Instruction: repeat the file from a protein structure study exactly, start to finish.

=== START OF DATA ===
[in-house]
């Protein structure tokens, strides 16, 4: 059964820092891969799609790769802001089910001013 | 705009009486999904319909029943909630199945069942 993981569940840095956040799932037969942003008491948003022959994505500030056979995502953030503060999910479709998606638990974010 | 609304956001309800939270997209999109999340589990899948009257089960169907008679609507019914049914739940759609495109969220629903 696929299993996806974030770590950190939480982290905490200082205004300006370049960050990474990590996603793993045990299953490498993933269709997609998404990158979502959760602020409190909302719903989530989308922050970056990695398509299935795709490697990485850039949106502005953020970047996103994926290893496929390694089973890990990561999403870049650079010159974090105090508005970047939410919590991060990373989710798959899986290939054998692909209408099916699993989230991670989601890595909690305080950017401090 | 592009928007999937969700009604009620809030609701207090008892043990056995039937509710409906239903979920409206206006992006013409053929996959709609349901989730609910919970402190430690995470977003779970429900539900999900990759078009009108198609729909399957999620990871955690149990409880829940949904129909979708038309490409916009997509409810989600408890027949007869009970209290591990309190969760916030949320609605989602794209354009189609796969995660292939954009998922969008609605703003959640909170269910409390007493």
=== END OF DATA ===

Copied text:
[in-house]
């Protein structure tokens, strides 16, 4: 059964820092891969799609790769802001089910001013 | 705009009486999904319909029943909630199945069942 993981569940840095956040799932037969942003008491948003022959994505500030056979995502953030503060999910479709998606638990974010 | 609304956001309800939270997209999109999340589990899948009257089960169907008679609507019914049914739940759609495109969220629903 696929299993996806974030770590950190939480982290905490200082205004300006370049960050990474990590996603793993045990299953490498993933269709997609998404990158979502959760602020409190909302719903989530989308922050970056990695398509299935795709490697990485850039949106502005953020970047996103994926290893496929390694089973890990990561999403870049650079010159974090105090508005970047939410919590991060990373989710798959899986290939054998692909209408099916699993989230991670989601890595909690305080950017401090 | 592009928007999937969700009604009620809030609701207090008892043990056995039937509710409906239903979920409206206006992006013409053929996959709609349901989730609910919970402190430690995470977003779970429900539900999900990759078009009108198609729909399957999620990871955690149990409880829940949904129909979708038309490409916009997509409810989600408890027949007869009970209290591990309190969760916030949320609605989602794209354009189609796969995660292939954009998922969008609605703003959640909170269910409390007493």